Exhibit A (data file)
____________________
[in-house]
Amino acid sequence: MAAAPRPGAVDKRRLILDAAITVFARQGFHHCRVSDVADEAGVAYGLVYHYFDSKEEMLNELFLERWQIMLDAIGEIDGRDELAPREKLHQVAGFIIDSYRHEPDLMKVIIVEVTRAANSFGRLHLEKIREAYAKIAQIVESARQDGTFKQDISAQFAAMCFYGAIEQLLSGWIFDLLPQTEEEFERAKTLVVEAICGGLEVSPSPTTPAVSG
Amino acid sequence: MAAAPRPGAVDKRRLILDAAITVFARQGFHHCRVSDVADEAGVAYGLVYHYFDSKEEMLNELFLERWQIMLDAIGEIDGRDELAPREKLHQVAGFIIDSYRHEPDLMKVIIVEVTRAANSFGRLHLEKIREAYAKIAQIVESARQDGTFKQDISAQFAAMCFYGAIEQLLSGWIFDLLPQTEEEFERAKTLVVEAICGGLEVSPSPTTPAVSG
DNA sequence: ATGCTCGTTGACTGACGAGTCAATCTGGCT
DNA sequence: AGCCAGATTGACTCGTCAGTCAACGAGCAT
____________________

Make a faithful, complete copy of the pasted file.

[in-house]
Amino acid sequence: MAAAPRPGAVDKRRLILDAAITVFARQGFHHCRVSDVADEAGVAYGLVYHYFDSKEEMLNELFLERWQIMLDAIGEIDGRDELAPREKLHQVAGFIIDSYRHEPDLMKVIIVEVTRAANSFGRLHLEKIREAYAKIAQIVESARQDGTFKQDISAQFAAMCFYGAIEQLLSGWIFDLLPQTEEEFERAKTLVVEAICGGLEVSPSPTTPAVSG
Amino acid sequence: MAAAPRPGAVDKRRLILDAAITVFARQGFHHCRVSDVADEAGVAYGLVYHYFDSKEEMLNELFLERWQIMLDAIGEIDGRDELAPREKLHQVAGFIIDSYRHEPDLMKVIIVEVTRAANSFGRLHLEKIREAYAKIAQIVESARQDGTFKQDISAQFAAMCFYGAIEQLLSGWIFDLLPQTEEEFERAKTLVVEAICGGLEVSPSPTTPAVSG
DNA sequence: ATGCTCGTTGACTGACGAGTCAATCTGGCT
DNA sequence: AGCCAGATTGACTCGTCAGTCAACGAGCAT